We married in August 1999, both aged 20, we dated two years before marriage. Tom is a cradle Catholic, Anna raised Lutheran. Not much premarital counseling due to our mixed faith marriage. In year five of marriage, we vacationed with Anna’s two girlfriends to Maui. At the time, they were both single. We brought our 15-month-old with us.
During the trip, Anna was preoccupied with our son. There were a couple of times during the trip that Anna was unable to participate in activities due to the baby, but Tom and Anna’s friend spent all that time together. Towards the end of the trip, in a small condo that we were all sharing, said friend was showering, yelled for Anna with door jarred, Tom went running to see what he could do. Says he saw nothing. It made for a very awkward remainder of the trip. The incident was never dealt with fully, but Anna was very hurt. Tom would not discuss or admit to anything at the time so it was not discussed any further. Anna converted to Catholicism after 10 years of marriage. Most recently, Anna read Tom’s phone text that he sent to a coworker friend about having a good shift because he was able to walk the airport concourse and look at all the pretty women. This has brought so much pain back to Anna tied with the event from 13 years ago. Anna is having a very hard time trusting Tom.
Tom and Anna,
Thanks for your question, your story pains me. Married couples have a special relationship; we are attached together in a way which can be very beautiful; nearly heaven on earth. In your case, Anna’s sense of attachment screams out in pain instead of feeling secure, valued and loved. You are not cruel, Tom, but it seems clear that you’ve not been trained to understand how to create a strong, vibrant and secure attachment nor have you been trained to heal your wife’s’ wounds. We won’t have the opportunity to deal with all of that in this reply but I hope to get you started in the right direction.
One part of our marriage union, our sexuality, has the power to bind us beautifully or to keep us strangers who aren’t bound spiritually. Many men, walking through an airport would consider it their right to look at the many women in that environment. Is that harmful? Is it a form of infidelity? It is not my job to sit in judgment, rather I’ll offer some observations. Tom, what I know is that Anna feels violated by your texts to your workmate; that might be reason enough to change the behavior; maybe Anna wishes that those attentions were directed to her. I would also point out that when we walk around ‘stealing glances’ and fantasizing, we are really working against our own long-term happiness. Instead of securely attaching to our mate, we become mired in a drama-laden, dreary marriage. As a man who’s tried it both ways, I can tell you that given the choice between securely attached and drearily married, I’ll take the former. Consider this:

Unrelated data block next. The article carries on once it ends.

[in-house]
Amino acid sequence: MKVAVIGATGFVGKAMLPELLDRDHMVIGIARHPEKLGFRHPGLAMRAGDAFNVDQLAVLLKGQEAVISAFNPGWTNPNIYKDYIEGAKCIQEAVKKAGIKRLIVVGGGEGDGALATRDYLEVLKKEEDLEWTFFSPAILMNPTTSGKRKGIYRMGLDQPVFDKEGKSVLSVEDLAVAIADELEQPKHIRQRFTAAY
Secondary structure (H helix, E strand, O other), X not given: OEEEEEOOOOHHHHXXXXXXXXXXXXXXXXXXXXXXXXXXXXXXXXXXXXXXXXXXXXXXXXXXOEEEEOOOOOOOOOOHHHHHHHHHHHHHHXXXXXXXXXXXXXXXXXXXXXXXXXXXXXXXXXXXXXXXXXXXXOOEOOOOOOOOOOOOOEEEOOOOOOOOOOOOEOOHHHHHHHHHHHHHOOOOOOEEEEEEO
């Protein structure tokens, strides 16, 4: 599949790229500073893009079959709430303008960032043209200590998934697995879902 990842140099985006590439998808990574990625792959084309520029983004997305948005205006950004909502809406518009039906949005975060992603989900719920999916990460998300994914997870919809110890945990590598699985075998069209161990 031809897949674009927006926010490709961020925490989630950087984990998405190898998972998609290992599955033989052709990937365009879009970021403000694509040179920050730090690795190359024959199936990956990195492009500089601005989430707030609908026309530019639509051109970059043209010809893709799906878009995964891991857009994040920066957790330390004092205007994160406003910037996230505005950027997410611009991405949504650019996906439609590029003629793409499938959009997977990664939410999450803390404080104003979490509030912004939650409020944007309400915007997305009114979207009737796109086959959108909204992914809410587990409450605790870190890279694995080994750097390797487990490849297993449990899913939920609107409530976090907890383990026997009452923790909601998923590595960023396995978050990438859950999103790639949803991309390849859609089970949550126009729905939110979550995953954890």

When you met, presumably sometime before the age of 20, part of your attraction to each other was, no doubt, in part physical. Our initial physical attraction is part of our built-in system to help us find and attract a mate. Then life happens, it becomes complex; we are called upon to work hard (men and women) while less time and energy is spent in maintaining that early physical beauty. Obviously, for women, childbirth creates enormous physical strain and is often accompanied by a change in physique.
For these reasons, nature provides us with a system which, if we are faithful to it, will bond us as partners from limerence to life’s end. Our nature knows that we will be 20 only once and that we will change greatly along the way AND that it must provide a bonding mechanism beyond our youth and physical beauty. How does this work?
Here’s an outline:
1) We must be lovingly sexual on a regular basis to take advantage of our nature. How much? Probably a couple times per week but it’s less about frequency in the absolute and more about the quality of our sexual experiences.
2) Sexual love and desire grows(!) in a healthy, monogamous marriage. It doesn’t take gimmicks or tricks. If we are fully engaged, body, mind and spirit during our sexual acts with our partner, our sexual desire for only our spouse will grow. Some tips: Take your time, get yourself prepared physically, mentally and spiritually. Don’t just turn over at the end of a tiring day, make it an event, enjoy each other. Give yourselves 100%, engage all your senses and don’t allow any part of the rest of the world or life’s worries to intrude.
3) To fully experience this, we must never do anything which will defeat our natural mechanisms. This includes, fantasizing, flirting, pornography, sex outside of marriage AND any activity within marriage which demeans and/or dehumanizes our spouse. If you do any of these things (and more, of course) we won’t experience the growth of our monogamous desire. THIS IS IMPORTANT! Men, this is where we fall so often. Those harmless looks and fantasies prevent us from creating the beautiful lives we deserve.
That’s a great start; there will be more work to do. You may need so outside help with pain from existing trauma; please do whatever it takes to set your marriage on the path you both deserve.
ALSO: I’m giving you a link I’m calling Marriage Basics I. It comes from a series of marriage tips I’ve previously published. These first 6 tips are designed to build upon each other weekly. Try dedicating some time daily and weekly to energize and revitalize your marriage. Don’t Settle!
Ron Kaufmann, MA, CO LPC #11336, EMDR Clinician
National Certified Counselor #267299
AASAT Certified Sexual Recovery Therapist